And before this book, those ideas just didn't speak to me. Not even remotely.
So I read it to become more educated about the mindset of the "dooms-dayers," and perhaps gain some insight on how to best prepare for an apocalyptic scenario, or at least the moment WSHTF.
Mission accomplished. This book delivered both outcomes for me. It also cracked me up, and made me quite grateful for my life, however temporary it may be.
After reading it, I walked away feeling all the more committed to living my life with the intention of making the world better, as opposed to preparing for my potential doom or limping survival.
Here's a beautiful, apt, and terrifying snippet that sums up the essence of what I gleaned from the book:
"On every highway, there's a drunk driver hurtling at 80 miles an hour in two tons of steel. In every neighborhood, there's a thief armed with a deadly weapon. In every city, there's a terrorist with a bloody agenda. In every nuclear country, there's a government employee sitting in front of a button. In every cell in our body, there's the potential to mutate into cancer. They are all trying to kill us. And they don't even know us. They don't care that if they succeed, we will never know what tomorrow holds for us.
The tragedy of life – robbing it of its fullness and brilliance – is the knowledge that we might die at any moment. And though we schedule our lives so precisely, with calendars and day planners and mobile phones and personal information management software, that moment is completely beyond our control.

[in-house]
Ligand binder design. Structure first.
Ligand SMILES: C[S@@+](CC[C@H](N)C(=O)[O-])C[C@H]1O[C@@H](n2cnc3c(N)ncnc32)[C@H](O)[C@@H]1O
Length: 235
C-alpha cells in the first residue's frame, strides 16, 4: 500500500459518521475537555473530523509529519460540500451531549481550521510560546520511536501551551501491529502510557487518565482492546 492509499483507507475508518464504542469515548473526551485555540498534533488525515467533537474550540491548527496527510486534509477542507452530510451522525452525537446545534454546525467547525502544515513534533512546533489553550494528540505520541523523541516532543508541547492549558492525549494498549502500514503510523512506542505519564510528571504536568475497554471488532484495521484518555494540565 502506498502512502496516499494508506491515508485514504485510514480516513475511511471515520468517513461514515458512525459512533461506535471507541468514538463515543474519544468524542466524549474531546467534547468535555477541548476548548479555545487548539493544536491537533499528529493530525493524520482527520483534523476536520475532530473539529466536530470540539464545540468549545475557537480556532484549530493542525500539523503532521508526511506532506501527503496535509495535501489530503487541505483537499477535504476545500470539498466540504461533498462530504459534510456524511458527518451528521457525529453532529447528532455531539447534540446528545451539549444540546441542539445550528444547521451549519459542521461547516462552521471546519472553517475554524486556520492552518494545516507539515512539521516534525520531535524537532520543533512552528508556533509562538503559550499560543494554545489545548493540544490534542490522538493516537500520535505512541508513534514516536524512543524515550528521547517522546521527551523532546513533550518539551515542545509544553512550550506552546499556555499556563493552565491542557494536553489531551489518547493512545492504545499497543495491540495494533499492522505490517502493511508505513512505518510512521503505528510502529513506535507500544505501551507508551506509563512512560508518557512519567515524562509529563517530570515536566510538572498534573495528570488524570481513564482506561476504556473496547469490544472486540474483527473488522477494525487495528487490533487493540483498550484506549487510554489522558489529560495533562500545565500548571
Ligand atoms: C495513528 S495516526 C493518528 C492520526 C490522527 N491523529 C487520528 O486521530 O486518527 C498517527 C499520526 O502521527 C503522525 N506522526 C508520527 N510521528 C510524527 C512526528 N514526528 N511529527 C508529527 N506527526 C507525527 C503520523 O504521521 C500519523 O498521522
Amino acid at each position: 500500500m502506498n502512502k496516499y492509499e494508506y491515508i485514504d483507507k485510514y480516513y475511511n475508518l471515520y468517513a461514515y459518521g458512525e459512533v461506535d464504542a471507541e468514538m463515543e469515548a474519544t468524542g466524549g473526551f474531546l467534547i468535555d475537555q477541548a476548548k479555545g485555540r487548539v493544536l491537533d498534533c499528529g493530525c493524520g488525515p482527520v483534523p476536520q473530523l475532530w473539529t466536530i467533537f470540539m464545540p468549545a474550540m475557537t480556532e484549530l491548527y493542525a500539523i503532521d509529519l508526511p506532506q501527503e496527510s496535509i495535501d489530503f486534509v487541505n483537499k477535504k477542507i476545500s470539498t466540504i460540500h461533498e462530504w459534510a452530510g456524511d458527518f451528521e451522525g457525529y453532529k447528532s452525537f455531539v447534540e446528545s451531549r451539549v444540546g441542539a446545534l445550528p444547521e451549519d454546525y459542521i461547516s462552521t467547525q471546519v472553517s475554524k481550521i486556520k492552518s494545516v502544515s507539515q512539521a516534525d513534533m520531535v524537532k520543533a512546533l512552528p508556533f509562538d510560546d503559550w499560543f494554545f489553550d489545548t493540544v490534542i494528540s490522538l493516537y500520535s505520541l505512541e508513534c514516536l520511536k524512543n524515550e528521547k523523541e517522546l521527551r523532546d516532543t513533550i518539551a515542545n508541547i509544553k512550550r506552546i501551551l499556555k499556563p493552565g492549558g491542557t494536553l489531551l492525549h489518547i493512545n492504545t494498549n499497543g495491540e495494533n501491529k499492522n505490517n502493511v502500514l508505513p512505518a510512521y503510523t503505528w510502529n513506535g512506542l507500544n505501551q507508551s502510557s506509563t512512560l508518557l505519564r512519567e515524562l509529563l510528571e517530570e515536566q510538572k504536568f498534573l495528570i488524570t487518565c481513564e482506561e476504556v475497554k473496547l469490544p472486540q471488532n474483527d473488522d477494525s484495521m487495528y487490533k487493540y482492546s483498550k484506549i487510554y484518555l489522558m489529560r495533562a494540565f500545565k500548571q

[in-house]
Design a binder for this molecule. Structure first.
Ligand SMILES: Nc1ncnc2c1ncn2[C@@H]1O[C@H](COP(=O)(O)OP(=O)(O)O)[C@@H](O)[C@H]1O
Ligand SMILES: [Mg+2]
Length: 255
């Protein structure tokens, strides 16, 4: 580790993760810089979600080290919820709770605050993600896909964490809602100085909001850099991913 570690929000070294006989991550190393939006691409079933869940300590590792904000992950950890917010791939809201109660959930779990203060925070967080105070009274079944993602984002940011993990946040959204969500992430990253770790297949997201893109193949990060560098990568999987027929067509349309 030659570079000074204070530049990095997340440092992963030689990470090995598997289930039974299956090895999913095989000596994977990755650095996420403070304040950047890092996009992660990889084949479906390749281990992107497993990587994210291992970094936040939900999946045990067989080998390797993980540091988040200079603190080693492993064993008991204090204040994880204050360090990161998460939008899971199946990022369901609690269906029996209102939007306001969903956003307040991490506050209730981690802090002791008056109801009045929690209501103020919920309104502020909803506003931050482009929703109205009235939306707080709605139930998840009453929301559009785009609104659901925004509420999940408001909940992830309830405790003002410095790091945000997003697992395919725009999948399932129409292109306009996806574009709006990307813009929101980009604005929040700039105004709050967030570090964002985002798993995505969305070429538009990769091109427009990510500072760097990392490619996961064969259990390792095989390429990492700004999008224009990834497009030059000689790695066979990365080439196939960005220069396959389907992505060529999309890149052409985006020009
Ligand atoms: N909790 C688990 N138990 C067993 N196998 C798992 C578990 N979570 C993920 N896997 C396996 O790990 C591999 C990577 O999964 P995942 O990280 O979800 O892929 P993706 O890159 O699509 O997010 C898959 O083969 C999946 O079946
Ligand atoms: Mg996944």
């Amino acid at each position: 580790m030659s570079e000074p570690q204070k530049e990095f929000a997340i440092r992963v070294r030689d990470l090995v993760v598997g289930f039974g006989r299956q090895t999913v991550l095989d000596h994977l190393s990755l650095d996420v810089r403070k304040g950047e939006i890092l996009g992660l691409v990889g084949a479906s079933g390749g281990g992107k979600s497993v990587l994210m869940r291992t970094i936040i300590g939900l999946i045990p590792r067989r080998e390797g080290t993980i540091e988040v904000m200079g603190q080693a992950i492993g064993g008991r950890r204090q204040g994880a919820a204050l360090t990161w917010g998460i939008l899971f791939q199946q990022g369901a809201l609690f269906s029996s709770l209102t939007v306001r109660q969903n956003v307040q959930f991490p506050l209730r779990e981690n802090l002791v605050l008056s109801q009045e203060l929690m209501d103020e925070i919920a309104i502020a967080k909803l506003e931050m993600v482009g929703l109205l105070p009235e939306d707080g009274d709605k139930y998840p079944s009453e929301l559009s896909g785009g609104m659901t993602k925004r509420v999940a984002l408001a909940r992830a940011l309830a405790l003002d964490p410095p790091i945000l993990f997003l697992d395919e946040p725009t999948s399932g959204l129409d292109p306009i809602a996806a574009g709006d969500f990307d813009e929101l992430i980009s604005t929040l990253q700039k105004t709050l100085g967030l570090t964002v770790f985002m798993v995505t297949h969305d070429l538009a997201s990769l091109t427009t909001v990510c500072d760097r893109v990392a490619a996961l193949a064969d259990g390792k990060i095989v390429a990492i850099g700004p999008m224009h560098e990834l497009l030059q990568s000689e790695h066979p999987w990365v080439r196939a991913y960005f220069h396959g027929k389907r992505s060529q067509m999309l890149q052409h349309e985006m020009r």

Death is a guillotine blade hanging over our heads, reminding us every second of every day that this life we treasure so much is no more important to the universe than those of the 200,000 insects each of us kills with the front of our car every year.
Nature knows no tragedies or catastrophes. It knows no good or evil. It knows only creation and destruction. And one can never truly be happy and free, in the way we were as children before learning of our mortality, without At some point confronting our destruction. And all we can ask for, all we can hope for, all we can beseech God for, is to win a few battles in a war we will ultimately lose."
Neil is a great writer, and on top of these eloquent insights, he has hilarious stories peppered all throughout this. It's almost like reading a too-true fiction. I definitely recommend reading it if you're interested in the subject.
With that being said, I do not agree with the deliberately provocative title, even though I think it's a great curio. This book is not likely to save my life - but some of the ideas this book offered just might be worth pursuing well before the moment WSHTF.
Some of the other reviews criticize the book by saying you could only do what he did if you have a lot of cash laying around, but I do not think that is necessarily true. Granted, some of the things he did are expensive but (1) you don't have to do everything in a year or two like Strauss did and (2) I haven't looked but I'm sure there are cheaper options for many of the things he bought and/or did.
Other reviews say it's unhelpful if you were a boy scout or live in the country, and that may be true. I live in NYC, and as of now I have no idea what I would do with myself if society collapsed. But, I want to change that. For someone like me, the book is a great help because it gives you a place to start and it shows that even city dwellers can learn to take care of themselves.
I highly recommend this book to people who do not know where to begin learning about becoming a survivalist (I know the connotations that word has, but I cannot think of a better one). You will likely want to do some more reading when you finish it, but it's a great place to start.
The trajectory the author was on has more to do with what is happening and what steps to take in the USA, in my humble opinion. For someone who has more-or-less disconnected myself from that grid, it worked to shock me out of my complacency.
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Plus it should be followed up by reading another important Amazon book, Escape...Read more